On the eve of important Fed Chair comments from Jackson Hole, everyone expects Jerome Powell to convey the need for higher interest rates required to bring inflation down. Most assumed the last 6 months of economic contraction, as measured by GDP, was the start of a recession that would cause lower inflation soon and allow the Fed to slow its pace of rate hikes ahead. This expectation has already been a fundamental factor propelling stocks sharply higher in July and August. The fallacy has been the focus on GDP while ignoring GDI (Gross Domestic Income). GDI and GDP correlate quite well historically, however during an unusual period of labor shortages and demand driven breakage of the global supply chain, forecasters are missing the underlying strength in the economy. Due to full employment, GDI has yet to have a single quarter of contraction. All recessions witness a contraction in GDI and sharply rising unemployment, yet neither have complied thus far.
Another metric all recessions have are sharply rising continued claims for unemployment. Currently such claims remain near record lows that coincide with the expansion phase of past economic cycles. This echoes our earlier reports that verified there has never been two quarters of GDP contraction, such as we have seen, without many months of a rise in continuing claims for unemployment insurance in the rear-view mirror.
We could point to further supporting metrics of an economic expansion that remains healthy, such as near record low loan default rates, strong consumption trends, record new business formations and the slowing but still historically high job openings. Somewhat surprising is the parabolic rise in bank checking account assets at all income levels. This is not an economy in distress, despite the great anxiety around inflation.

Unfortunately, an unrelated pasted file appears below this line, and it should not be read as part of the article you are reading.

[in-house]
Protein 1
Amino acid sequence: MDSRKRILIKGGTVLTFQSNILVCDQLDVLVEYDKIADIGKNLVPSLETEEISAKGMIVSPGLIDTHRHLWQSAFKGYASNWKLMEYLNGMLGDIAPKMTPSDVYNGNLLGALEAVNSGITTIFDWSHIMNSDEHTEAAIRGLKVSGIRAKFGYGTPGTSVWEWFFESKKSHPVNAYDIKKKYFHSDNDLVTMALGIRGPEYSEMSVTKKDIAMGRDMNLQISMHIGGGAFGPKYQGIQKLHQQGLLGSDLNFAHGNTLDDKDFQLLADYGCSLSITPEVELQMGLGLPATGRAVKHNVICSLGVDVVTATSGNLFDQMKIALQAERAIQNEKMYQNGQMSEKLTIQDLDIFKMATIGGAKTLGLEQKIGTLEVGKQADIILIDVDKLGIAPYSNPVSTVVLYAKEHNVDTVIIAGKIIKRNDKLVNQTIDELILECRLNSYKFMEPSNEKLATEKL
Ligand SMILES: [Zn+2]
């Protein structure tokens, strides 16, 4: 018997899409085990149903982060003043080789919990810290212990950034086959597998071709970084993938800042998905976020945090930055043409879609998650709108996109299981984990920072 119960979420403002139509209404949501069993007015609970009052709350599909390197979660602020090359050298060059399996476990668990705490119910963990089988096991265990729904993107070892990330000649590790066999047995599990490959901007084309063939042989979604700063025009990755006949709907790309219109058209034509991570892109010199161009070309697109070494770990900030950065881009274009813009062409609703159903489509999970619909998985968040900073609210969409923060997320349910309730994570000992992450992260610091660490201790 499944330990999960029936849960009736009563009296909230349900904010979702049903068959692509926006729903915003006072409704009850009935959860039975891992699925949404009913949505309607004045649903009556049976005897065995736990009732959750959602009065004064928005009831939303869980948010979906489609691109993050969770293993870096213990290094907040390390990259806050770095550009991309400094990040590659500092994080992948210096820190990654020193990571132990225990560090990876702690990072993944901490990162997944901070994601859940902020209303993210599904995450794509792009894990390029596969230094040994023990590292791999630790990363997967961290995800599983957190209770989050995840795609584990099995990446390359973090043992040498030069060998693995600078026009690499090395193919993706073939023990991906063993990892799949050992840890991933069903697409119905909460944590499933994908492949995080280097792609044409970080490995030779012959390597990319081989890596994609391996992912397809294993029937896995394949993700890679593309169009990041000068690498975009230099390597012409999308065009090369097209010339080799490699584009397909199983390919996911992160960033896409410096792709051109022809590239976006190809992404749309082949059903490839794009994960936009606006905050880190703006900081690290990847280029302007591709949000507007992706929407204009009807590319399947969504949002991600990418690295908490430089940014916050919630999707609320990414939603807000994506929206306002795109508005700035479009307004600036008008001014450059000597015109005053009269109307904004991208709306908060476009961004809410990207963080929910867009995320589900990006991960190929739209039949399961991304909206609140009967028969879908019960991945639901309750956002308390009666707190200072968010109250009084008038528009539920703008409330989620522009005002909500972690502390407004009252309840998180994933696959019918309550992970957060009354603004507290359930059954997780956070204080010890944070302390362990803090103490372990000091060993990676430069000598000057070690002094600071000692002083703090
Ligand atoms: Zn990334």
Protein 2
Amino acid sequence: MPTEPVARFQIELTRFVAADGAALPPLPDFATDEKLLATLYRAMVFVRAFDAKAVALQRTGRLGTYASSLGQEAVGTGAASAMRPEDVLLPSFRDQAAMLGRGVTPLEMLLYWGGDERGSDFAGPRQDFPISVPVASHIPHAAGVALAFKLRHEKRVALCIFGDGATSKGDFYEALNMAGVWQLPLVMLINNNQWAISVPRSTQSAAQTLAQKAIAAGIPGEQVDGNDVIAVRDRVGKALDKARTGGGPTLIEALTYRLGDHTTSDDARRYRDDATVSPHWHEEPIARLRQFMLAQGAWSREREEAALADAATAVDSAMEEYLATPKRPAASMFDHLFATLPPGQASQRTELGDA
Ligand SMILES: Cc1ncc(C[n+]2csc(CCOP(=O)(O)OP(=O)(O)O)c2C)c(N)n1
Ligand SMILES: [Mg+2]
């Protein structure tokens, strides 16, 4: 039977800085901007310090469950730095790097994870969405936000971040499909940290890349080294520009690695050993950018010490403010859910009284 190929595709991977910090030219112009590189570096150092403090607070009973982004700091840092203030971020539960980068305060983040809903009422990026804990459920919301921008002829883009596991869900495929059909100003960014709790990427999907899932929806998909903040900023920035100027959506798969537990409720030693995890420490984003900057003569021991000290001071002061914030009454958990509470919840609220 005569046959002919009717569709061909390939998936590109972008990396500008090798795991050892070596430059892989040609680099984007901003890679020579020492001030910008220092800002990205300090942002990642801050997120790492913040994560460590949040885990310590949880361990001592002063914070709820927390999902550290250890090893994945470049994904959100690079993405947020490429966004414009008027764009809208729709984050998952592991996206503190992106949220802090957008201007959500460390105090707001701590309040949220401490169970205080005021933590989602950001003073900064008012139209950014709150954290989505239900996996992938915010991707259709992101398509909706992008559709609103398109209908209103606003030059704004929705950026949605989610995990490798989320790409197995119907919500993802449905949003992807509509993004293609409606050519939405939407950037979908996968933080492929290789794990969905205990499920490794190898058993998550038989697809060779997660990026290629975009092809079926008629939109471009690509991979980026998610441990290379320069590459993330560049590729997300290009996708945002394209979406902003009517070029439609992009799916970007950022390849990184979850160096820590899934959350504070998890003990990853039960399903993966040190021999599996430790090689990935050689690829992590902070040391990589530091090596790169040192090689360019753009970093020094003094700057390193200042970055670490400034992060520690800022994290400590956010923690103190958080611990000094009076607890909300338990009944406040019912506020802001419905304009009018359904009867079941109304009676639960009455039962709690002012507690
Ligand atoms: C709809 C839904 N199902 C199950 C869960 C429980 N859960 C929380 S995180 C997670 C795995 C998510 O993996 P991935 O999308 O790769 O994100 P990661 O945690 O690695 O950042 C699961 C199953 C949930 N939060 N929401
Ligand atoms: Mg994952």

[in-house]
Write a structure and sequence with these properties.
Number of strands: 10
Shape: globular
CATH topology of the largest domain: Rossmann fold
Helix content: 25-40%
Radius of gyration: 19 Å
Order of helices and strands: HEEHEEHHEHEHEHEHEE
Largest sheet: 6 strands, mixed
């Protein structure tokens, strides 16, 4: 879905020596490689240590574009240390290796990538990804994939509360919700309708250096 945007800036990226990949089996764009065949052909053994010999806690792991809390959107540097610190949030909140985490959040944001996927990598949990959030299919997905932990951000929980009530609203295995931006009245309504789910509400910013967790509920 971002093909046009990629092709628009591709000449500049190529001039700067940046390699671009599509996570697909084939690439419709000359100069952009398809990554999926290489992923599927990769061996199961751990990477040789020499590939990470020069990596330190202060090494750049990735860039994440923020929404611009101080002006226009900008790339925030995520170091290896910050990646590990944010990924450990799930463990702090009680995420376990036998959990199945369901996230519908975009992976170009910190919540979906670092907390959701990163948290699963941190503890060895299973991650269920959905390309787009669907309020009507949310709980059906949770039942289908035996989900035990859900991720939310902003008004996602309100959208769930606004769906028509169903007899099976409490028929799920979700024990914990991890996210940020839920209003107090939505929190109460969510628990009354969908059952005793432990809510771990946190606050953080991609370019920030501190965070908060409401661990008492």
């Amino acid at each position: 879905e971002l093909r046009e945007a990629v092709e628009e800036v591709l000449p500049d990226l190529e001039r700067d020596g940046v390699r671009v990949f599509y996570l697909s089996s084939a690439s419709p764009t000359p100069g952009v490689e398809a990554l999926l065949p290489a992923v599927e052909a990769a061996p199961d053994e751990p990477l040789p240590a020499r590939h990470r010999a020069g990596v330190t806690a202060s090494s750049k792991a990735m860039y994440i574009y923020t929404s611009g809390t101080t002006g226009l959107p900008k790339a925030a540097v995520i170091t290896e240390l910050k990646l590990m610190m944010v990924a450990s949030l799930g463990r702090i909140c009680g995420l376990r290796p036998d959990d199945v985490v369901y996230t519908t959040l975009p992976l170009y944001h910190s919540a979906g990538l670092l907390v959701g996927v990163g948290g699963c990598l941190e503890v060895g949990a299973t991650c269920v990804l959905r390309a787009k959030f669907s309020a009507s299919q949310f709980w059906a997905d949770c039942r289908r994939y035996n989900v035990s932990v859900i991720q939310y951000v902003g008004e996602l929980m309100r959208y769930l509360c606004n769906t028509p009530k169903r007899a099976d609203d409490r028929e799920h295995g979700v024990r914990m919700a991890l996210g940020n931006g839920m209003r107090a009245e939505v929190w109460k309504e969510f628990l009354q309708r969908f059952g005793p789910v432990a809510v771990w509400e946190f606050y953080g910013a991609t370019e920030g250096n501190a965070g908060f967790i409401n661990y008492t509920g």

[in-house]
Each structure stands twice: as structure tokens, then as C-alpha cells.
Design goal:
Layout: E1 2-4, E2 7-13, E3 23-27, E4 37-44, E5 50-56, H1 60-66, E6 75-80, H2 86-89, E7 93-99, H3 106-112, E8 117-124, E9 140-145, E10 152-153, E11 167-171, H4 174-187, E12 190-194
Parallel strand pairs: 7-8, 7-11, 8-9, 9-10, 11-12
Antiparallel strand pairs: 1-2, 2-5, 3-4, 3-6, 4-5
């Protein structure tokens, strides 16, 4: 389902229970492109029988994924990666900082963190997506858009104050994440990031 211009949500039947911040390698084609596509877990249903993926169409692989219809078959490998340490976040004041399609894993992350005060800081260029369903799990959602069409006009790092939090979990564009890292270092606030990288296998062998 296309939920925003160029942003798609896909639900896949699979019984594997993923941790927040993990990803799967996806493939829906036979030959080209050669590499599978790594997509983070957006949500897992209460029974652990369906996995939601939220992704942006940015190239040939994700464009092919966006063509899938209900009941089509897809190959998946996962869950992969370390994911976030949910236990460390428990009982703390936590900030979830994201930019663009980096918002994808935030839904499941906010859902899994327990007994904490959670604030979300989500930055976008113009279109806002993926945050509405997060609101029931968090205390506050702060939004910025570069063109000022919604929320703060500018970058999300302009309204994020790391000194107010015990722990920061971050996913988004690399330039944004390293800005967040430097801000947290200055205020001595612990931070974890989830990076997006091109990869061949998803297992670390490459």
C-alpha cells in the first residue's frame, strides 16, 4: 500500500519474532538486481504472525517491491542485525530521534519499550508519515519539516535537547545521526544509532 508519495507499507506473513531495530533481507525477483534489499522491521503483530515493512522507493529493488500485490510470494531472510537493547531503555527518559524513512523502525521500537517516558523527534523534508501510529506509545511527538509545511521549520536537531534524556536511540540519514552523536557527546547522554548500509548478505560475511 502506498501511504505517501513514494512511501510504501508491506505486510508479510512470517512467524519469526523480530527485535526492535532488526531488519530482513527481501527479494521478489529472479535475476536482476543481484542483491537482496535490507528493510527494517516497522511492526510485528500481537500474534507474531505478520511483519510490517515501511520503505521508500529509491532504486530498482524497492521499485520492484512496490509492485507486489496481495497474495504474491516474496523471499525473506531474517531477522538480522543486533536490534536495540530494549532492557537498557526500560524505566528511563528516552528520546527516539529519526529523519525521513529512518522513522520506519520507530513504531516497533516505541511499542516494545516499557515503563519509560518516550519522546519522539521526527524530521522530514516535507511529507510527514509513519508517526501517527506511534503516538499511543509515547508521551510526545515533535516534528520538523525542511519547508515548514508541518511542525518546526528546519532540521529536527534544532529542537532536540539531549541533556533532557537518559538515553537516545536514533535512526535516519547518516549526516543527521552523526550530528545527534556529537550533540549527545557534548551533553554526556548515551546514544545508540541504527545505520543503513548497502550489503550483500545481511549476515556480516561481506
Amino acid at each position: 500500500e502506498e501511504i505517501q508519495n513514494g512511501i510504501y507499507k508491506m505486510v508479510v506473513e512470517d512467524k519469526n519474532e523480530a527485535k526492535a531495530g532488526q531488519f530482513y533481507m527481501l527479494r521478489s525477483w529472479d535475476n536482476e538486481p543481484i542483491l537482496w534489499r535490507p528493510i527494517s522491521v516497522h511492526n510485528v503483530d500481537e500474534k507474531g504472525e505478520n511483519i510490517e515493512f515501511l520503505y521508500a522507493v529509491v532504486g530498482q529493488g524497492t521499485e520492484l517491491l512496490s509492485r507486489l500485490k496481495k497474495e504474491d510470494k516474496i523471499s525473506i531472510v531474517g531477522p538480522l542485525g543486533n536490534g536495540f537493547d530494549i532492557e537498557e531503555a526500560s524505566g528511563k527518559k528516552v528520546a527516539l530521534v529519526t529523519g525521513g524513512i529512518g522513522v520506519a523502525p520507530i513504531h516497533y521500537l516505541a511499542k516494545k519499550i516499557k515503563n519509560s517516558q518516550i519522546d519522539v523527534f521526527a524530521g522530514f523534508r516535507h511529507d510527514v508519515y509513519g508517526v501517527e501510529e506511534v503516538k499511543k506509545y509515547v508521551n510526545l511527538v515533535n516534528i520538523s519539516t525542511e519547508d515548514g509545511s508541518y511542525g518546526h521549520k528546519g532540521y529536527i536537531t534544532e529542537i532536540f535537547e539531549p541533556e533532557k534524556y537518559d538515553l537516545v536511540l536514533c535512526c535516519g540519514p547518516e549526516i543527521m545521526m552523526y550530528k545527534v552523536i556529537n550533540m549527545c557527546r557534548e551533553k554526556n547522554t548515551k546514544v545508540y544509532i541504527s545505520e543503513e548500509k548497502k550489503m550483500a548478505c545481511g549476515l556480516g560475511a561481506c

While our arguments above would appear to counter the plethora of economic Bears out there, it also supports the case that more pain is required before the Fed can approach its 2% PCE inflation target. When GDI contracts, it’s likely the economy will be on the verge of some degree of a recession that will finally see an uptick in unemployment. Until then, Fed Chair Powell will need to quell stock investor optimism and strong consumer demand with Hawkish messaging of continued interest rate hikes until the CPI falls much further. With yet another voter inspired stimulus package this week forgiving student loans, our political leaders risk making the Fed’s job harder. Inflation will definitely fall sharply over the next year, but the $1+ trillion in new spending plans passed this month is only good for election votes, while counterproductive for a Fed trying to restrain consumption. Stepping on the gas and the brake at the same time is not helpful when the car is overheating, but in the end, the brakes win and inflation falls.
Readers know we switched from Bearish to Bullish in early June for an expected rally into August to the 4200’s and later the 4300’s basis the SP 500 Index. Although our time and price window was achieved, most of our indicators have not climbed high enough to generate Sell signals. There is still a small window for one more run higher into mid-September. However, we expect a deep correction to manifest with an important low in the late September to late October timeframe. Any break under SP 3950 would signal that the deep dive was underway, even without new highs in the 4300’s. While the Fed’s commentary at Jackson Hole August 26th is widely expected to communicate further Federal Funds rate hikes, our advice would be to declare larger for longer interest rate hikes to break elevated levels of consumption and market optimism. There is still time for stocks to run higher next week and even into mid-September. but it will take months of falling inflation rates into the 4th quarter before investors can trust the inflation fighting skills of our Central Bank.